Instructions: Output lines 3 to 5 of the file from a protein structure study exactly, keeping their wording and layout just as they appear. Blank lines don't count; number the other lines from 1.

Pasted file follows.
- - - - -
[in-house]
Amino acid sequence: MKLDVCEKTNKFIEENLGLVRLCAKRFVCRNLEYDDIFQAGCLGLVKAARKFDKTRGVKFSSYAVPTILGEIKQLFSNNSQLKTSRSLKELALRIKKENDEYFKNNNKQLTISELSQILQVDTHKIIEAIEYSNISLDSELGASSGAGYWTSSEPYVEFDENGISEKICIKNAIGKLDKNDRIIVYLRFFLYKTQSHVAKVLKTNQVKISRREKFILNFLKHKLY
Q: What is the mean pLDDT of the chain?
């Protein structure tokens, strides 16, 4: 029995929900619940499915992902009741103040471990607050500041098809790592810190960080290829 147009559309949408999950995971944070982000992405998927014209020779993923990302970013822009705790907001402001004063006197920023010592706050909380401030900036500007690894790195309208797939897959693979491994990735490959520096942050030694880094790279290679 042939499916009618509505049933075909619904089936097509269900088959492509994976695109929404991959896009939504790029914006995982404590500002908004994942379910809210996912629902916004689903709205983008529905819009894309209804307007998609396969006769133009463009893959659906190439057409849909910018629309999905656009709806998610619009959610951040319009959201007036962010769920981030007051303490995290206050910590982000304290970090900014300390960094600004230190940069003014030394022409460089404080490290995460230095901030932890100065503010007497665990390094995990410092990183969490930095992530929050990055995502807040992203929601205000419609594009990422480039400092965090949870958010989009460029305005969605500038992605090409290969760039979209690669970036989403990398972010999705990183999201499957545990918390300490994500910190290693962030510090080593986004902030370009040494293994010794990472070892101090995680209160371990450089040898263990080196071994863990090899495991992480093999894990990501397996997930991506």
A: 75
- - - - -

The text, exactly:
Q: What is the mean pLDDT of the chain?
């Protein structure tokens, strides 16, 4: 029995929900619940499915992902009741103040471990607050500041098809790592810190960080290829 147009559309949408999950995971944070982000992405998927014209020779993923990302970013822009705790907001402001004063006197920023010592706050909380401030900036500007690894790195309208797939897959693979491994990735490959520096942050030694880094790279290679 042939499916009618509505049933075909619904089936097509269900088959492509994976695109929404991959896009939504790029914006995982404590500002908004994942379910809210996912629902916004689903709205983008529905819009894309209804307007998609396969006769133009463009893959659906190439057409849909910018629309999905656009709806998610619009959610951040319009959201007036962010769920981030007051303490995290206050910590982000304290970090900014300390960094600004230190940069003014030394022409460089404080490290995460230095901030932890100065503010007497665990390094995990410092990183969490930095992530929050990055995502807040992203929601205000419609594009990422480039400092965090949870958010989009460029305005969605500038992605090409290969760039979209690669970036989403990398972010999705990183999201499957545990918390300490994500910190290693962030510090080593986004902030370009040494293994010794990472070892101090995680209160371990450089040898263990080196071994863990090899495991992480093999894990990501397996997930991506």
A: 75